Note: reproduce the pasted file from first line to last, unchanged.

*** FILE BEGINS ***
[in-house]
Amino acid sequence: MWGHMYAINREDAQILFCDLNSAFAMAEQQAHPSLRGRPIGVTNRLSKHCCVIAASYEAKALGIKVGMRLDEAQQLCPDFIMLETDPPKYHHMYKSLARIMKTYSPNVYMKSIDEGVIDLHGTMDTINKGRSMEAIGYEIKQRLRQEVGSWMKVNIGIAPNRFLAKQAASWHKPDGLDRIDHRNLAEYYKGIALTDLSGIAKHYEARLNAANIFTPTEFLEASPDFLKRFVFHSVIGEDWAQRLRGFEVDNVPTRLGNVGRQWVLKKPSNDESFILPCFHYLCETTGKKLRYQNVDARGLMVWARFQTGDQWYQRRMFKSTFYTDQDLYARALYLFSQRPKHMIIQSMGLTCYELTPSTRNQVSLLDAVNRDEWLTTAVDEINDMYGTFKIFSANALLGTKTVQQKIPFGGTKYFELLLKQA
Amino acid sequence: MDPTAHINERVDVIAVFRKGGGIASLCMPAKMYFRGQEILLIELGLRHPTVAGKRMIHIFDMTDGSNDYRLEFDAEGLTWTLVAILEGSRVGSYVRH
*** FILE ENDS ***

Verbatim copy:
[in-house]
Amino acid sequence: MWGHMYAINREDAQILFCDLNSAFAMAEQQAHPSLRGRPIGVTNRLSKHCCVIAASYEAKALGIKVGMRLDEAQQLCPDFIMLETDPPKYHHMYKSLARIMKTYSPNVYMKSIDEGVIDLHGTMDTINKGRSMEAIGYEIKQRLRQEVGSWMKVNIGIAPNRFLAKQAASWHKPDGLDRIDHRNLAEYYKGIALTDLSGIAKHYEARLNAANIFTPTEFLEASPDFLKRFVFHSVIGEDWAQRLRGFEVDNVPTRLGNVGRQWVLKKPSNDESFILPCFHYLCETTGKKLRYQNVDARGLMVWARFQTGDQWYQRRMFKSTFYTDQDLYARALYLFSQRPKHMIIQSMGLTCYELTPSTRNQVSLLDAVNRDEWLTTAVDEINDMYGTFKIFSANALLGTKTVQQKIPFGGTKYFELLLKQA
Amino acid sequence: MDPTAHINERVDVIAVFRKGGGIASLCMPAKMYFRGQEILLIELGLRHPTVAGKRMIHIFDMTDGSNDYRLEFDAEGLTWTLVAILEGSRVGSYVRH